Macross TV Vol. #9 - Mania.com



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Mania Grade: A

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Info:

  • Audio Rating: B-
  • Video Rating: A
  • Packaging Rating: B+
  • Menus Rating: B+
  • Extras Rating: N/A
  • Age Rating: 12 & Up
  • Region: 1 - North America
  • Released By: AnimEigo
  • MSRP: 29.99
  • Running time: 100
  • Aspect Ratio: 1.33:1
  • Disc Resolution: 480i/p (mixed/unknown)
  • Disc Encoding: MPEG-2
  • Series: Macross

Macross TV Vol. #9

By Chris Beveridge     January 07, 2002
Release Date: December 20, 2001


Macross TV Vol. #9
© AnimEigo


What They Say


The Review!
The final volume of Macross to some will seem anticlimactic after the explosive episode 27. To others, it ends the epilogue segment of the series perfectly. And I just have to fall into that category.

Audio:
Originally recorded back in the early 80's, anyone expecting much from this mono soundtrack is going to be disappointed. The Japanese language soundtrack is pretty good overall. There's no noticeable hiss on our system even with it cranked up. Everything feels pretty center channel based and the sound does a good job of filling up the forward soundstage. Dialogue is clear and undistorted though some segments, such as the next episode preview, are curiously louder than the main program itself.

Video:
In some respects, this is a really hard to grade section. Having seen the evolution of the transfer over the past couple of years at conventions and image images posted to their company site, the overall look and feel of the show practically surpasses its origins. When it was released, it was truly a state of the art piece of animation. Those who've seen Otaku no Video will remember how the fans there (who were essentially animated versions of the people who founded Gainax) were going through the shows animation frame by frame with awe and reverence at the skill used to create it and to make it seem so real. It falls short of today's animation expectations of course, but the job done here to make it come alive again is amazing. The only thing I can really see people having an issue with is the grain throughout it, but I have to say, on our HDTV with a progressive scan player, I've fallen in love again with the look of this show. With all the restoration and color correction efforts that have gone into it, this is a superb looking transfer of a classic.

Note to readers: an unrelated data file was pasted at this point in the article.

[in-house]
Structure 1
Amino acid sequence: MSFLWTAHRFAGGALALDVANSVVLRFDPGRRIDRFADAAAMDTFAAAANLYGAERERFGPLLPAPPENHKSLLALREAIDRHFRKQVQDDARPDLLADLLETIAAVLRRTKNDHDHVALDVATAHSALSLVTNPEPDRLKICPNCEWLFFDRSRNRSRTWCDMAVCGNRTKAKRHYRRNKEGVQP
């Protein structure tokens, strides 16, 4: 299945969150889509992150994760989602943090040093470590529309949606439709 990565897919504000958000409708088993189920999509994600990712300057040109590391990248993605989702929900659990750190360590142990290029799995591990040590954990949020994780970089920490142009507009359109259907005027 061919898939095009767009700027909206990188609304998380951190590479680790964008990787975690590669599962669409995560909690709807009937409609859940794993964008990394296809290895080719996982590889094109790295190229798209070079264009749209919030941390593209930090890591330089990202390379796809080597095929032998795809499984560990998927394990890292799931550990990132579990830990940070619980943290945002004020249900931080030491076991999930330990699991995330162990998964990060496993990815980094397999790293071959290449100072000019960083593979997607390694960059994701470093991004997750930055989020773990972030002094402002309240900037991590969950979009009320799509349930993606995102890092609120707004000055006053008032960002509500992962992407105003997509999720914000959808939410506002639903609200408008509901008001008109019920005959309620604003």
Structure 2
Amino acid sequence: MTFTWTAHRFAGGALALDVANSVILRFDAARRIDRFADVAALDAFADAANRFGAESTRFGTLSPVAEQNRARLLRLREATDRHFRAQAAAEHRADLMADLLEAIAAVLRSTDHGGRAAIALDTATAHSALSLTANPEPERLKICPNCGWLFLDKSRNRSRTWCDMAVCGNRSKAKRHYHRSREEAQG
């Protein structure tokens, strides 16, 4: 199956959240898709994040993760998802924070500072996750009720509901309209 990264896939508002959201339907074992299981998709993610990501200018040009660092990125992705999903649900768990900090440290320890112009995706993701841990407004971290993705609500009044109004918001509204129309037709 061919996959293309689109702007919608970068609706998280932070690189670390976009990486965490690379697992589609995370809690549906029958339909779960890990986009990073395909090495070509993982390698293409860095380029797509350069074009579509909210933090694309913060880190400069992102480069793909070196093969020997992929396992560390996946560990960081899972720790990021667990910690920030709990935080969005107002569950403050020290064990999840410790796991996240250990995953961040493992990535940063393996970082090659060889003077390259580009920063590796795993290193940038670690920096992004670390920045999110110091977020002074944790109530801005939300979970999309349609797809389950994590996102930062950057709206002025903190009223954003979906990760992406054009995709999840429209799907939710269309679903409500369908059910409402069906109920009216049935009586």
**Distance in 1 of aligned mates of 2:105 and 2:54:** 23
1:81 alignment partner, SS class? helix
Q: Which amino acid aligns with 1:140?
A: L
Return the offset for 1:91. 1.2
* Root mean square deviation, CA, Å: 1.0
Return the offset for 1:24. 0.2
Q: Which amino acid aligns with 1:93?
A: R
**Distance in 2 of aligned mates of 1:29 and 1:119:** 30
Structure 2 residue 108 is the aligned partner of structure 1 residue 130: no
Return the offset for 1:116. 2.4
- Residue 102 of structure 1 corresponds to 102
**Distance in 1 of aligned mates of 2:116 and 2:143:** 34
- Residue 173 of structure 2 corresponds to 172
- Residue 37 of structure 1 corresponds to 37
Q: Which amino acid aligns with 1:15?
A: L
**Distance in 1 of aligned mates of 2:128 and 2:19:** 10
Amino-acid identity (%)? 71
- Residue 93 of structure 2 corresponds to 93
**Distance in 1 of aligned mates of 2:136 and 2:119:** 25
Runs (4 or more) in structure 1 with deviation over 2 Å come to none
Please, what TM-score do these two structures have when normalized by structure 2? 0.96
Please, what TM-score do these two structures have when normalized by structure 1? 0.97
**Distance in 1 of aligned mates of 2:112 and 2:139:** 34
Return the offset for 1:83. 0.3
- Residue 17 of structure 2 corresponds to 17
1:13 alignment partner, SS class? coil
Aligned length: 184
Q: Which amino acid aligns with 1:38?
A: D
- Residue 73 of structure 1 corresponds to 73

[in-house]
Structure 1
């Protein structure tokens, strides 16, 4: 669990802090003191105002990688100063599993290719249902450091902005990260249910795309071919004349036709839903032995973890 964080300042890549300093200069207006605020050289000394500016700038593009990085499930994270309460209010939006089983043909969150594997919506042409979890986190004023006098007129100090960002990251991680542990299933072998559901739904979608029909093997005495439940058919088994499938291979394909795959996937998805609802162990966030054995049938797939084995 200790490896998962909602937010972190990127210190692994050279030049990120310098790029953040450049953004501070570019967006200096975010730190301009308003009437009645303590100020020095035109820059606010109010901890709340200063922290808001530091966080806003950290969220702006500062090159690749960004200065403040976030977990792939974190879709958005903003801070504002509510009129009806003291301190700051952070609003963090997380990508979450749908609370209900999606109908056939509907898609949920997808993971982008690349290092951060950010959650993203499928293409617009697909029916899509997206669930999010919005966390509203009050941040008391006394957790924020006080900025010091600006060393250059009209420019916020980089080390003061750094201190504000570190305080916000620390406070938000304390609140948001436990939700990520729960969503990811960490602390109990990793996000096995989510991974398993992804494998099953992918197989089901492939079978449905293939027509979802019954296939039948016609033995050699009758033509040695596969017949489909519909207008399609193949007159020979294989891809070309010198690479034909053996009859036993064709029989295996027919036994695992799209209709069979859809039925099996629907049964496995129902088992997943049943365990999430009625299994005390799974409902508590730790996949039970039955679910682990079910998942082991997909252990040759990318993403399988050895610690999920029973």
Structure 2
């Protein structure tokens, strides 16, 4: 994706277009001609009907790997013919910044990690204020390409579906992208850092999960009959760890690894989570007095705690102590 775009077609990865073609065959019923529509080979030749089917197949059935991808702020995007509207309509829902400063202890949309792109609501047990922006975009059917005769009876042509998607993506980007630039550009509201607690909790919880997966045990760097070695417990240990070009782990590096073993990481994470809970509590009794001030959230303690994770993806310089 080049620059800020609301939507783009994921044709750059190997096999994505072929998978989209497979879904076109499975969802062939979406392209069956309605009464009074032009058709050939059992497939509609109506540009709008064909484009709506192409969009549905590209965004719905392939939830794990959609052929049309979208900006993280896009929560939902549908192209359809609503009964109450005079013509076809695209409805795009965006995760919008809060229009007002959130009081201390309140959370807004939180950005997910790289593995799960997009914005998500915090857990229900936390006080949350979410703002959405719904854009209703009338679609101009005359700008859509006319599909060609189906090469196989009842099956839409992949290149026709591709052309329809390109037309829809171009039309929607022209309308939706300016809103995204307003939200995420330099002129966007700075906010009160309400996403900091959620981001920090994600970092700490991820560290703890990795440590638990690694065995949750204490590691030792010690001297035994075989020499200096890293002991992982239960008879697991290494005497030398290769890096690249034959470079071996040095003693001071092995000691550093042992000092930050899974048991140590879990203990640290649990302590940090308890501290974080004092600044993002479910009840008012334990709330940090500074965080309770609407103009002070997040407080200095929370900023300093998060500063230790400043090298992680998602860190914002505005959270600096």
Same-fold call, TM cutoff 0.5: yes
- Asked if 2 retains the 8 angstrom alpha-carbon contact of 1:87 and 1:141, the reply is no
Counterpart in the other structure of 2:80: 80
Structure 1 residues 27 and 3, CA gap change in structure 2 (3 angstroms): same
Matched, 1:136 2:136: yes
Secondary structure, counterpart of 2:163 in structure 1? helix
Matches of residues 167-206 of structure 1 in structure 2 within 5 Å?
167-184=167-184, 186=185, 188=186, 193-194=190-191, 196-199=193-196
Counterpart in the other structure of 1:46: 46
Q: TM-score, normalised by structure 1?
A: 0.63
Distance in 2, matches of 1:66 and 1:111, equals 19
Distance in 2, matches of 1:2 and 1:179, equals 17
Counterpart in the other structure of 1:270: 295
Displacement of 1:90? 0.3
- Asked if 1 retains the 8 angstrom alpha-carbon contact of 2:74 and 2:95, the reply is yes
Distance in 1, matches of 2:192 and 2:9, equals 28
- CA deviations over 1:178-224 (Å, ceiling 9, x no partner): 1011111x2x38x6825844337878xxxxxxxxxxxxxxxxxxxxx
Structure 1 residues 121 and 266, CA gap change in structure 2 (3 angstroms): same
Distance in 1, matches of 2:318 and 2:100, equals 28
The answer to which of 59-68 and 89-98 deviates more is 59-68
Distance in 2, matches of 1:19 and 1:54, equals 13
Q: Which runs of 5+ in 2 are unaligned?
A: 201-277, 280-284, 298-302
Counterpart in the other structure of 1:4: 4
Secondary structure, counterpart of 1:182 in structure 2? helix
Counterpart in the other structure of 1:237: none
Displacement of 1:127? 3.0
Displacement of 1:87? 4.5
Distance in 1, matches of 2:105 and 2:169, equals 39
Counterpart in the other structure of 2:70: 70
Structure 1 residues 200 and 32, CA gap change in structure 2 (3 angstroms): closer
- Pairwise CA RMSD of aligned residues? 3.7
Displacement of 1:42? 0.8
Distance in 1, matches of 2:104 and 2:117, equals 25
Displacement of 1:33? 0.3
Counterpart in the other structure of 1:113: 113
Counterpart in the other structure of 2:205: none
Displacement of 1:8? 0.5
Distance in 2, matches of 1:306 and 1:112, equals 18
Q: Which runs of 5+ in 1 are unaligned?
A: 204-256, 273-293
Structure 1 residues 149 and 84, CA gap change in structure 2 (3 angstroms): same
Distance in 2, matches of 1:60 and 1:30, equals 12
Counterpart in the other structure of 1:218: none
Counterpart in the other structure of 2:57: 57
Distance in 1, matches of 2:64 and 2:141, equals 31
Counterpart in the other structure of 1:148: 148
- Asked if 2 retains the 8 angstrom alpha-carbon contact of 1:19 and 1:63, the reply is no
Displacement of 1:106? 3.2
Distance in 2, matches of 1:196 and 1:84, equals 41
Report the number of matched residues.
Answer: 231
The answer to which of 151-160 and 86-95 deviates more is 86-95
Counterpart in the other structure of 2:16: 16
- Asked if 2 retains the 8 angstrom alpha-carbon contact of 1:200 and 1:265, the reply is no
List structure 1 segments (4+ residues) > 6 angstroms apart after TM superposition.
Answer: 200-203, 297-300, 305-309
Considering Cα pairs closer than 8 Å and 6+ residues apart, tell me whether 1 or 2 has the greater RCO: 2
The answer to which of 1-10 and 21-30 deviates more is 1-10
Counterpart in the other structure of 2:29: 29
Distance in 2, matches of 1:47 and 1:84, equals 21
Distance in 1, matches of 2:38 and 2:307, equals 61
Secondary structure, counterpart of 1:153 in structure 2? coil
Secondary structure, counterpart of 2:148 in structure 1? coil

Packaging:
It's been interesting to see the reactions to the cover art used for the series. Since there have been so many releases of the Robotech version of the years from different companies and on different formats, the artwork that had been used really became old and tired. The completely black covers with neon-like sketches of the characters gives the show to me something of a real collectors style image, something that's unique in that it's not trying to sell itself to the market in general, but just standing there for the person who knows what they're getting into. The cover contains a gray lined image of of the SDF-1 in transformed mode in all its glory. The back cover provides a few animation shots and summaries for the four episodes. Production credits are pretty minimal overall though. As mentioned in the 8th volume, this volume does not contain any liner notes.

Menus:
Nicely laid out, the menus are done up as the interior to a Valkyrie cockpit. Episode numbers are listed along the right with the episode title showing in the main screen as you scroll down (with no discernable lag thankfully). The buttons along the bottom bring up a play-all feature, disc settings and translation video of the end credits for each disc.

Content: (please note that content portions of a review may contain spoilers)